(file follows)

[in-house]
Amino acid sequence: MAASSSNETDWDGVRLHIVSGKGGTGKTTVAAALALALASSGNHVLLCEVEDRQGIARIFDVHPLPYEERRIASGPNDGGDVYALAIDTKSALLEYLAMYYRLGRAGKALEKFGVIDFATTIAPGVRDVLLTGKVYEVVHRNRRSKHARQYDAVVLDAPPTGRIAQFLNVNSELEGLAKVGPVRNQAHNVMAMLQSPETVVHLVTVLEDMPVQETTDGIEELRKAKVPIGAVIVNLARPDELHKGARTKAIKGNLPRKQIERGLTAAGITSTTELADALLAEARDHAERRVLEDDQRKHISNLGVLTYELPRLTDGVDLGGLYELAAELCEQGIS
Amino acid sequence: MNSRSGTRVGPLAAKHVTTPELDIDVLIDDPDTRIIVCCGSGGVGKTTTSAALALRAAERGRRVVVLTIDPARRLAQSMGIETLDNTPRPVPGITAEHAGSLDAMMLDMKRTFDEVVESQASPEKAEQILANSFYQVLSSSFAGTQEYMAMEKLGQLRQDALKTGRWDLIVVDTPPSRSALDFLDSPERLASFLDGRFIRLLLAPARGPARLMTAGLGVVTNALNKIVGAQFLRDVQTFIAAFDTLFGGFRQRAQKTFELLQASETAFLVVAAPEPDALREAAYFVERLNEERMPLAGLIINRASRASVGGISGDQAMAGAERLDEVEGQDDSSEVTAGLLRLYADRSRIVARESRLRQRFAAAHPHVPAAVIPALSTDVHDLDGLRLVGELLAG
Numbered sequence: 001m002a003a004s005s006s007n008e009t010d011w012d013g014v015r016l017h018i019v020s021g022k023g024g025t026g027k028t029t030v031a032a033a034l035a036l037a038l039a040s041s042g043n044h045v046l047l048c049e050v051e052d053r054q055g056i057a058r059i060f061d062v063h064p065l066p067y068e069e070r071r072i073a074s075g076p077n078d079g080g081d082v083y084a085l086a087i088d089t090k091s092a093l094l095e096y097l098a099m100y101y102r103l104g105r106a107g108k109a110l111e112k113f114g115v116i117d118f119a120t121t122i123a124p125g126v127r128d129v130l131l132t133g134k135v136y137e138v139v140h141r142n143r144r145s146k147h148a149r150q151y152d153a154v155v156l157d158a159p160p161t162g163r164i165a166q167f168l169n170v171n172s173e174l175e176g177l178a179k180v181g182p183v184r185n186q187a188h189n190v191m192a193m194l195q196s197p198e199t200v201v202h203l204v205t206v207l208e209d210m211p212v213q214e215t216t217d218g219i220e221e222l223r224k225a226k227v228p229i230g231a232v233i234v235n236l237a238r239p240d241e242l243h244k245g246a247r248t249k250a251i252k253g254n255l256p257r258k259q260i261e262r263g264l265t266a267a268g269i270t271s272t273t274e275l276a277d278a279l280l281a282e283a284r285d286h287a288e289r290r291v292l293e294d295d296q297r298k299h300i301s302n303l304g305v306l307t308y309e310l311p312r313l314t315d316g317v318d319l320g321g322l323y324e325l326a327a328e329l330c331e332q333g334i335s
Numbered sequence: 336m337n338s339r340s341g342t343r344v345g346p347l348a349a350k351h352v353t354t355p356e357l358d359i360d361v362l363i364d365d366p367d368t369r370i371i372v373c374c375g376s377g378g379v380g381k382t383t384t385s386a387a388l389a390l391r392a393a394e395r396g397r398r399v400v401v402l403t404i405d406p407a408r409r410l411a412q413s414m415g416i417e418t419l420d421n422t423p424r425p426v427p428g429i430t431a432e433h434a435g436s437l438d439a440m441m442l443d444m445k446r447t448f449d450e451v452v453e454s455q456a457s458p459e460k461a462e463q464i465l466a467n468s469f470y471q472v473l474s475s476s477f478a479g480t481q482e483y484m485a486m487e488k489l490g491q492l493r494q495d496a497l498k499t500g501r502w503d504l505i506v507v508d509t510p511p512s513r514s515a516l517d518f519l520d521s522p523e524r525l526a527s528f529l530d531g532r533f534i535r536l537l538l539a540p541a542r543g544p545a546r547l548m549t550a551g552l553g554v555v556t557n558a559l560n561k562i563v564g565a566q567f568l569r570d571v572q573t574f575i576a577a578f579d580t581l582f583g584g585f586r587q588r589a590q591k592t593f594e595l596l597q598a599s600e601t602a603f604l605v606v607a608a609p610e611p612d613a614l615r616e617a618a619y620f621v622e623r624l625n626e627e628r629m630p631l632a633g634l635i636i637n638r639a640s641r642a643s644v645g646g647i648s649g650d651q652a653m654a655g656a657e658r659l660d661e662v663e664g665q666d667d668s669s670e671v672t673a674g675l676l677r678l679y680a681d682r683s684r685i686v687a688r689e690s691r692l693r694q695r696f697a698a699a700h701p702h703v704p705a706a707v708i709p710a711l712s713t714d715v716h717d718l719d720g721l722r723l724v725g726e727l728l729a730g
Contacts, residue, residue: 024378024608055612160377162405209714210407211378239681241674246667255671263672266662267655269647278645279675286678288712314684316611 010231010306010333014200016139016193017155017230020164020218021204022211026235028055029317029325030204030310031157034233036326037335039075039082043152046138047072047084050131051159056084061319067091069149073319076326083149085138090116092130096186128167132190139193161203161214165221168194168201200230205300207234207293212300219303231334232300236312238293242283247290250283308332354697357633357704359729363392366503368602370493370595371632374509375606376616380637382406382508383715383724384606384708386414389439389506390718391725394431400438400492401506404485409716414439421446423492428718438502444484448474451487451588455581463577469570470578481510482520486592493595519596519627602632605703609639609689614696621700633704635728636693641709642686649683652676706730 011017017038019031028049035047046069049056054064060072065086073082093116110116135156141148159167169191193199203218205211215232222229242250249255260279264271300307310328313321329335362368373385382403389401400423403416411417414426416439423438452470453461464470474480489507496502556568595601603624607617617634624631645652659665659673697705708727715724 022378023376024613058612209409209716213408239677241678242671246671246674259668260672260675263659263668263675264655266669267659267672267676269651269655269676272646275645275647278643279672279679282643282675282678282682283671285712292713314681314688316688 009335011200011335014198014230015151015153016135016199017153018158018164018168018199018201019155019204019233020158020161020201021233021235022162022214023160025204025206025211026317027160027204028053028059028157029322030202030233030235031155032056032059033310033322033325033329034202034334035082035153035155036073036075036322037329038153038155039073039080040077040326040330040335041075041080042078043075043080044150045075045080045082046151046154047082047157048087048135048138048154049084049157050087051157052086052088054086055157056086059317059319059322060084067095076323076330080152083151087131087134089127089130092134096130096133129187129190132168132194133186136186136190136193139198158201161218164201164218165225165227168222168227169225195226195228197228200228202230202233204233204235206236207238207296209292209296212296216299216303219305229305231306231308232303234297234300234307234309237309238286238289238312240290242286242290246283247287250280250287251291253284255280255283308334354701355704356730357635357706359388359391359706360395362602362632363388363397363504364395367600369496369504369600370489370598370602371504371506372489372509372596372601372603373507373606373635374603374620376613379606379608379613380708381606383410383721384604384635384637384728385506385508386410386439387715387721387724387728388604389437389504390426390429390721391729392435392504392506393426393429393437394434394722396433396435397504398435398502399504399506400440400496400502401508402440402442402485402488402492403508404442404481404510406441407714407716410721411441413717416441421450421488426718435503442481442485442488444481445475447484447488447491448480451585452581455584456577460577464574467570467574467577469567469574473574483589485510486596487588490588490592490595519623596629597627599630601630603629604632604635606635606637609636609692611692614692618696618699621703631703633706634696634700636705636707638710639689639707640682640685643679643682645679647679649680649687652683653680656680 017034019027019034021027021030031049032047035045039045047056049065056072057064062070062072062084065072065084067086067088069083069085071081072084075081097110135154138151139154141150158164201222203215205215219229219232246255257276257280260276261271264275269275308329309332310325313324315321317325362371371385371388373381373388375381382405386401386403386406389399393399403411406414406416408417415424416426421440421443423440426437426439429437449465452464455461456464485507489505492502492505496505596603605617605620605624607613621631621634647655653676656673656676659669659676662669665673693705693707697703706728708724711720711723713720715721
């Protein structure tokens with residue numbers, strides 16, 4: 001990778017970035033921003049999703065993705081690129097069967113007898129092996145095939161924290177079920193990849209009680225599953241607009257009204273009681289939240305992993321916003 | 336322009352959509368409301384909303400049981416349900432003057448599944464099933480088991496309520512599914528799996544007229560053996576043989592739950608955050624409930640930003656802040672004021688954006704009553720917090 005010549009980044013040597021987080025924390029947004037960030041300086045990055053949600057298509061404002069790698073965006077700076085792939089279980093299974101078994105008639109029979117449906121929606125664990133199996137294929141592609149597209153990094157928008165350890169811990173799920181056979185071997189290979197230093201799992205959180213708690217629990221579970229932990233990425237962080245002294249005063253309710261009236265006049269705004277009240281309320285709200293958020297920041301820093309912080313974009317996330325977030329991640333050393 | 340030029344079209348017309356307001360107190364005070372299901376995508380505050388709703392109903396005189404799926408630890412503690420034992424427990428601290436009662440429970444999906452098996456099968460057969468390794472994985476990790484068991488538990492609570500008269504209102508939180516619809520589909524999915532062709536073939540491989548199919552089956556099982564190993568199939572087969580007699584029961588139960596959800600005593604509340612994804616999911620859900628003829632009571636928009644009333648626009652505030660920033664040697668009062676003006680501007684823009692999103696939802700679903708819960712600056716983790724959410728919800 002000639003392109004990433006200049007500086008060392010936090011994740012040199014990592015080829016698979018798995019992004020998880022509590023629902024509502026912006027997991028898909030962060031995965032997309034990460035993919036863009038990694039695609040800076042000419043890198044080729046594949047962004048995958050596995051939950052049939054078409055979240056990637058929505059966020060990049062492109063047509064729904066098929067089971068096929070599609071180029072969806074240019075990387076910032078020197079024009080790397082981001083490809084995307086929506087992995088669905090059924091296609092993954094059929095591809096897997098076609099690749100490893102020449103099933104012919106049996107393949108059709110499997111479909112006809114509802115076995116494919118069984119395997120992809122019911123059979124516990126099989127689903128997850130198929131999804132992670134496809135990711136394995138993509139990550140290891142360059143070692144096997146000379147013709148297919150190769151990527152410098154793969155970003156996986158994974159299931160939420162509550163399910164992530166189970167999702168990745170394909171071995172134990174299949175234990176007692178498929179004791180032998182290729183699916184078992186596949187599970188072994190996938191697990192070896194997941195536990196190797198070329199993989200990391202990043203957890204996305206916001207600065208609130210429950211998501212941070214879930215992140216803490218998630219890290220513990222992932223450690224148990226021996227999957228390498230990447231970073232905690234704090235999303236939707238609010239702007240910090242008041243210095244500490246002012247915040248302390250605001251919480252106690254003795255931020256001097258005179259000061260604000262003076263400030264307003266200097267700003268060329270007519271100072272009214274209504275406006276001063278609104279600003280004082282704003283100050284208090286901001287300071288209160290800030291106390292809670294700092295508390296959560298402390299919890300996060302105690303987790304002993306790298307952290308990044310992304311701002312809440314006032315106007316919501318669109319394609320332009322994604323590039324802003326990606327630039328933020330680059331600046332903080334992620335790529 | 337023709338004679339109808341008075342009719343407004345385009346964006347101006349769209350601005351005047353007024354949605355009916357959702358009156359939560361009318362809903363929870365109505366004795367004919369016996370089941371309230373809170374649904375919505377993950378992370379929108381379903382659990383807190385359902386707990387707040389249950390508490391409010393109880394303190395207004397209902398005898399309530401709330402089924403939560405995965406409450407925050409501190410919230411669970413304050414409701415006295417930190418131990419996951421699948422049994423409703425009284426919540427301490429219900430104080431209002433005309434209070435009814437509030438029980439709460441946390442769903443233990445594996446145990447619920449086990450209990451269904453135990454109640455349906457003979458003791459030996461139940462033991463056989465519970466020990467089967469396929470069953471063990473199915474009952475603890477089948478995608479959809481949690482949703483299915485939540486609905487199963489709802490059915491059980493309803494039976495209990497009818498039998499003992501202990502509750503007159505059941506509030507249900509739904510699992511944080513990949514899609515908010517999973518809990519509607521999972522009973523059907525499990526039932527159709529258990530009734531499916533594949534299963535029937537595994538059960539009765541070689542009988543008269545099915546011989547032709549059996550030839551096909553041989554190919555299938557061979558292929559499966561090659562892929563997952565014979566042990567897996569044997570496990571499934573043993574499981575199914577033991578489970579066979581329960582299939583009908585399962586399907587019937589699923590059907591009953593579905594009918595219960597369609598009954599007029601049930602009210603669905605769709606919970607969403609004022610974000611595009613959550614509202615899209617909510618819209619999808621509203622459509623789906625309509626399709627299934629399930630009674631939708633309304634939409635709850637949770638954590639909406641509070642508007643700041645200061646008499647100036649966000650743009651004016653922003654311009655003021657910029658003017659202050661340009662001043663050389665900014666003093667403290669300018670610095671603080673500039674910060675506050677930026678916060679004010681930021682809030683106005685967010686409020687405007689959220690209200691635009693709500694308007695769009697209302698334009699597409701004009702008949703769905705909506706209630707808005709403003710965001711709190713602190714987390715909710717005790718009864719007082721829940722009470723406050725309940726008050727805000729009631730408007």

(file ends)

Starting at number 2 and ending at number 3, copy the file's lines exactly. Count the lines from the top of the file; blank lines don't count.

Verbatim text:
Amino acid sequence: MAASSSNETDWDGVRLHIVSGKGGTGKTTVAAALALALASSGNHVLLCEVEDRQGIARIFDVHPLPYEERRIASGPNDGGDVYALAIDTKSALLEYLAMYYRLGRAGKALEKFGVIDFATTIAPGVRDVLLTGKVYEVVHRNRRSKHARQYDAVVLDAPPTGRIAQFLNVNSELEGLAKVGPVRNQAHNVMAMLQSPETVVHLVTVLEDMPVQETTDGIEELRKAKVPIGAVIVNLARPDELHKGARTKAIKGNLPRKQIERGLTAAGITSTTELADALLAEARDHAERRVLEDDQRKHISNLGVLTYELPRLTDGVDLGGLYELAAELCEQGIS
Amino acid sequence: MNSRSGTRVGPLAAKHVTTPELDIDVLIDDPDTRIIVCCGSGGVGKTTTSAALALRAAERGRRVVVLTIDPARRLAQSMGIETLDNTPRPVPGITAEHAGSLDAMMLDMKRTFDEVVESQASPEKAEQILANSFYQVLSSSFAGTQEYMAMEKLGQLRQDALKTGRWDLIVVDTPPSRSALDFLDSPERLASFLDGRFIRLLLAPARGPARLMTAGLGVVTNALNKIVGAQFLRDVQTFIAAFDTLFGGFRQRAQKTFELLQASETAFLVVAAPEPDALREAAYFVERLNEERMPLAGLIINRASRASVGGISGDQAMAGAERLDEVEGQDDSSEVTAGLLRLYADRSRIVARESRLRQRFAAAHPHVPAAVIPALSTDVHDLDGLRLVGELLAG